I had dinner on Saturday at Poon’s Chinese Restaurant in Barkly Street, Footscray. It was the worst Cantonese meal that I’ve eaten in Melbourne. The service was gracious and friendly considering that they were packed and it was dirt cheap. The meal was a mistake but not an expensive one and it filled me with regret but not salmonella. The food was uniformly tasteless like some non-toxic, starchy glue.
Poon’s however, is popular enough to be ranked a local institution much of which seems to revolve around the ritual of regular dining in the same place over a period of decades. The result of a family decision where Friday night is fish and chips, Saturday night is Poon’s. Single sex groupings dining together, having the Boy’s Night Out with a table filled with Crownies; women on other tables sharing a bottle of Jacob’s Creek Chardonnay and splitting Poon’s gigantic (and suspiciously Chiko Roll-like) spring rolls. There were no chopsticks on offer, anywhere.
At a guess, it has been doing the same food in the same place for half a century and the punters love it. Here’s a review from Menulog:
i have been a ‘patron’ of ‘Poons’ for at least 40 years, and would not go anywhere else. The food is fresh, nutritional and very easy to eat. The variations on the Menu are wonderful.
The staff and Management have ALWAYS been good to me and i feel part of their family after all these years, at being treated as part of their family.
i only wish they could deliver to Carlton to where i live, but at least i get a chance to mix with some of the ‘cream of the crop people in our Society when i visit them regularly.
Thank you for allowing me to tell you this wonderful news about ‘Poons’. ( i tell everyone i go there and love it and the staff too )
Who in Australia cares about “Asian food” in a world where Poon’s is rating as well as Flower Drum or Lau’s on user-generated review sites?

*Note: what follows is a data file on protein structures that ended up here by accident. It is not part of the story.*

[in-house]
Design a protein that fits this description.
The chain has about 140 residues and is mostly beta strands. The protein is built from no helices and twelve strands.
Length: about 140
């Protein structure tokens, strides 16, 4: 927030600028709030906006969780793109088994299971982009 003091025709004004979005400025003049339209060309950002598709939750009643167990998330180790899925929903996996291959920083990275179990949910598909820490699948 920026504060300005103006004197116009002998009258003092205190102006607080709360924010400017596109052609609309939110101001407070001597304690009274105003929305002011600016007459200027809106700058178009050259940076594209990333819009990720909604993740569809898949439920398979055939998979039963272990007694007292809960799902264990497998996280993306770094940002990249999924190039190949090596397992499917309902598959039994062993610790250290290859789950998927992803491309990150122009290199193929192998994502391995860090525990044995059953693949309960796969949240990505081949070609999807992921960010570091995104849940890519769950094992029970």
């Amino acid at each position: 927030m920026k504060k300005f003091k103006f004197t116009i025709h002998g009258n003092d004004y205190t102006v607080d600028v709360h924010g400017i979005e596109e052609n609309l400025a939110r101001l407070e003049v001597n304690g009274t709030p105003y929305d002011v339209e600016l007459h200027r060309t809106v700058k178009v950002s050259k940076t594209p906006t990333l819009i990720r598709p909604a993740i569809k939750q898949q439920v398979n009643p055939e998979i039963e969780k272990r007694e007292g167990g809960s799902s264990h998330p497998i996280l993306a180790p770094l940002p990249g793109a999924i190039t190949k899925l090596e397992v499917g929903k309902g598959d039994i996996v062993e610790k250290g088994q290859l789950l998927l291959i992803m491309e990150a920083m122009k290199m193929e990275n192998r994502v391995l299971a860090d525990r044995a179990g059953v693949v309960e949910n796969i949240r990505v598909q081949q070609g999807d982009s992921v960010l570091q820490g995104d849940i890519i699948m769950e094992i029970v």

When it comes to food from Asia, most Australians are happy with average food. “Chinese food” means a regionless choice of meat stir fried in your choice of bland starchy sauce. Most Australians are content with the local Thai joint doing the traffic light curries (red, green, yellow) straight from the bucket of Mae Ploy. Vietnamese means pho alone. Japanese is aseasonal and what rich people eat (except for sushi, which is no longer associated with Japan). The rest of Asia is a vague unknown, summarised in the thinner chapters of cookbooks with the word Oriental in the title. Above all, the food must be “very easy to eat”. No bones, no heads, no need to even chew.
So Necia Wilden’s article in The Australian newspaper regarding her inability to find or discern premium Asian ingredients was no great surprise to me. Boneless and free from the shackles of mastication. I’m only bringing it up because of the interesting discussion it has spawned over at Progressive Dinner Party. Like Zoe, I read it in the physical newspaper. I paid good money for it in the hope that food journalism in The Australian (and coverage of food from Asia) would be better in 2009 under Lethlean and Wilden’s gaze. I haven’t bought an edition of The Australian since. If it’s been a bumper year for food writing in The Australian, apologies for not supporting it.